Exclusive Networks will use a €50m (£32m)-plus private equity injection to bankroll at least six more acquisitions over the next two years.
The pan-European security VAD has set itself a 2017 revenue goal of €1bn after securing a fresh round of funding led by existing private equity backer Omnes Capital.
The plan is to use the lolly to make at least three acquisitions in both 2013 and 2014, piling on €200m to its current €300m top line in the process. The remaining €500m shortfall will be fuelled by organic growth.
Exclusive Networks operates in 14 western European countries following an acquisition spree that has taken in the likes of VADition in the UK and TLK in Germany.
Talking to CRN, Exclusive Networks chief executive Olivier Breittmayer (pictured) said Exclusive will now play consolidator in markets including eastern Europe, the Middle East, South Africa and Turkey.
"We are already speaking with some companies," he claimed.
More UK acquisitions are also a possibility as Exclusive looks to bulk out its existing operations in adjacent sectors such as storage, mobility and unified communications, he said, while the distributor will also look to pack on muscle where it lacks scale, such as in Italy.
The investment, which will be for between €50m and €60m, has been agreed in principle and will be available to spend in the next few months. The distributor has taken on a corporate development director to steer its M&A strategy.
"Everything will be finalised before June and will probably be synchronised with the first acquisition," Breittmayer said.
Last year, the distributor saw turnover grow by 53 per cent to €279m thanks in part to the contribution of VADition and German acquisition TLK.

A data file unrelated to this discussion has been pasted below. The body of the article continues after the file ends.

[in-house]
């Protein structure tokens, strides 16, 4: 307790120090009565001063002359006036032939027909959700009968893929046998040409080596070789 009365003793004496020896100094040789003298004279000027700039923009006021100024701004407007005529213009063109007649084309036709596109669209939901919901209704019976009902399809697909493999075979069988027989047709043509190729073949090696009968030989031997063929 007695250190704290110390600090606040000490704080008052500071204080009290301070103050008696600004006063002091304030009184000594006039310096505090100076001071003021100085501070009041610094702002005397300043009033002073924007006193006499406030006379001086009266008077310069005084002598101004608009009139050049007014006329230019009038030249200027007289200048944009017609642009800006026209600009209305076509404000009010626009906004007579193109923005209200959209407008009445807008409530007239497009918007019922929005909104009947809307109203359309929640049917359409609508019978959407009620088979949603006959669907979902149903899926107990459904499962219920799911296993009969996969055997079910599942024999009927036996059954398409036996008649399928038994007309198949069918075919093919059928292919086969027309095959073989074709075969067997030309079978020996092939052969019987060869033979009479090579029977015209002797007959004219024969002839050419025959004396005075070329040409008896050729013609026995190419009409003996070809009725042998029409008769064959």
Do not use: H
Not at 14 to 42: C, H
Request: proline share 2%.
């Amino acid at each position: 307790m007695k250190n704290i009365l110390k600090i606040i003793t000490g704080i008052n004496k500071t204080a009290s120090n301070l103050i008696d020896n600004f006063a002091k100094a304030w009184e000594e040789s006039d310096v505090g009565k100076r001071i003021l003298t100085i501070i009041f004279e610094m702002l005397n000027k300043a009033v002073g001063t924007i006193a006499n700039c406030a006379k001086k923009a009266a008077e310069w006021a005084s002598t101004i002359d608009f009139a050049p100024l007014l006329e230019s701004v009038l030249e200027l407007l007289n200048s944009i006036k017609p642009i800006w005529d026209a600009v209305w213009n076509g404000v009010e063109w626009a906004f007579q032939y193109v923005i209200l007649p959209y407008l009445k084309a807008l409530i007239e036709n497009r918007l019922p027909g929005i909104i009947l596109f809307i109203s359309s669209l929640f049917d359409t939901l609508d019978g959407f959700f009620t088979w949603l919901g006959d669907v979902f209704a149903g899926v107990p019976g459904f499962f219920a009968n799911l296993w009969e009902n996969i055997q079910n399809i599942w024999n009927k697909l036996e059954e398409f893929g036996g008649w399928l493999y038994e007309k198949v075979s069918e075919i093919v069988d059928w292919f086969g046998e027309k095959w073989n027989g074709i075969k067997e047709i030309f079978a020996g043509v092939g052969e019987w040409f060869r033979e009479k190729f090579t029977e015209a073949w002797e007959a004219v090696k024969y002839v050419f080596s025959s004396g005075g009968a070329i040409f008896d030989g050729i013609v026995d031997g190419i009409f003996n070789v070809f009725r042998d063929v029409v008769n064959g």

Organic growth stood at 30 per cent last year and Breittmayer said Exclusive is shooting for a compound annual growth rate (CAGR) of 15 to 20 per cent between 2013 and 2017 to ensure the €1bn target is reached.
He stressed that the IT security market is currently growing at 7.6 per cent, according to Canalys, with the network security sector – where Exclusive's two largest vendors Fortinet and Palo Alto play – swelling at 8.4 per cent.
Omnes Capital acquired Exclusive in 2010 via a leveraged buyout, a model that is currently attracting scrutiny in the UK IT sector in the wake of private equity-backed 2e2's collapse.
But Breittmayer said that the Paris-based firm had been "very cautious" about the structure of the deal and taking on too much debt.
"If you have a leverage of five, six or seven times your EBITDA, you are in trouble. We were very reasonable in terms of the leverage, which means we have never been under pressure," he explained. "We are delivering much faster than the plan so we started with the level of three times EBITDA and finished with less than one times EBITDA. It was important for us not to be nervous at the end of each quarter and we will continue like that."
Breittmayer said he is happy to go against the grain of European VADs selling up, as Magirus and SDG did last year.
"You have some good local distributors in one or two countries but no one with the same reach and positioning," he said. "This makes our life much easier – when a new vendor arrives in Europe, it knocks on our door every time. Instead of them having to look for 15 to 20 distributors across Europe, with us they can have the same level of services in all the countries."
Room for growth in UK
Exclusive Networks' UK business grew by 24 per cent to €94m last year, Breittmayer said, equal to about nine per cent of the local IT security appliance market.
If the UK were relatively as large as France, which boasts 11.7 per cent market share, it would be €121.9m, Breittmayer added, suggesting he thinks there is more room for growth here.
Exclusive's business model is based on giving autonomy to local managers and Breittmayer stressed UK bosses Neil Ledger and Ian Morris are fully committed.
"They are significant shareholders in the UK organisation so I think they are very motivated to continue," he said. "When we acquired VADition 18 months ago, they were maybe afraid of being managed by a French company. I don't think they are any more, as they are autonomous, continue to run their business, are growing very fast and are now much more comfortable working with us."
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